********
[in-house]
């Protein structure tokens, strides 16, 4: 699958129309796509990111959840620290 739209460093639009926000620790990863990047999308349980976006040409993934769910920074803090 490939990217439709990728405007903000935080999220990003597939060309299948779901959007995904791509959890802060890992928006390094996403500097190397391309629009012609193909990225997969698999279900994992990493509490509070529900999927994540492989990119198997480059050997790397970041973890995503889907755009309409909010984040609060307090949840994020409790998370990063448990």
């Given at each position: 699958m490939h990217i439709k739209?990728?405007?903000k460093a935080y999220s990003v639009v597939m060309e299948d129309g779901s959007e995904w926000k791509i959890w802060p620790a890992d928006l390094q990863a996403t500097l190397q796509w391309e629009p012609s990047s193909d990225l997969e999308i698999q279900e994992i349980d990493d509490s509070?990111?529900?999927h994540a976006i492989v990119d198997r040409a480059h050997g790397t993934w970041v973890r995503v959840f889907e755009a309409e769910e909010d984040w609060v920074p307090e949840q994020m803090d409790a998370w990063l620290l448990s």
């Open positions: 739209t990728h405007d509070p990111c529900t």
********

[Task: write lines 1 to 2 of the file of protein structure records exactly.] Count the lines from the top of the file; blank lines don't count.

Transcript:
[in-house]
């Protein structure tokens, strides 16, 4: 699958129309796509990111959840620290 739209460093639009926000620790990863990047999308349980976006040409993934769910920074803090 490939990217439709990728405007903000935080999220990003597939060309299948779901959007995904791509959890802060890992928006390094996403500097190397391309629009012609193909990225997969698999279900994992990493509490509070529900999927994540492989990119198997480059050997790397970041973890995503889907755009309409909010984040609060307090949840994020409790998370990063448990």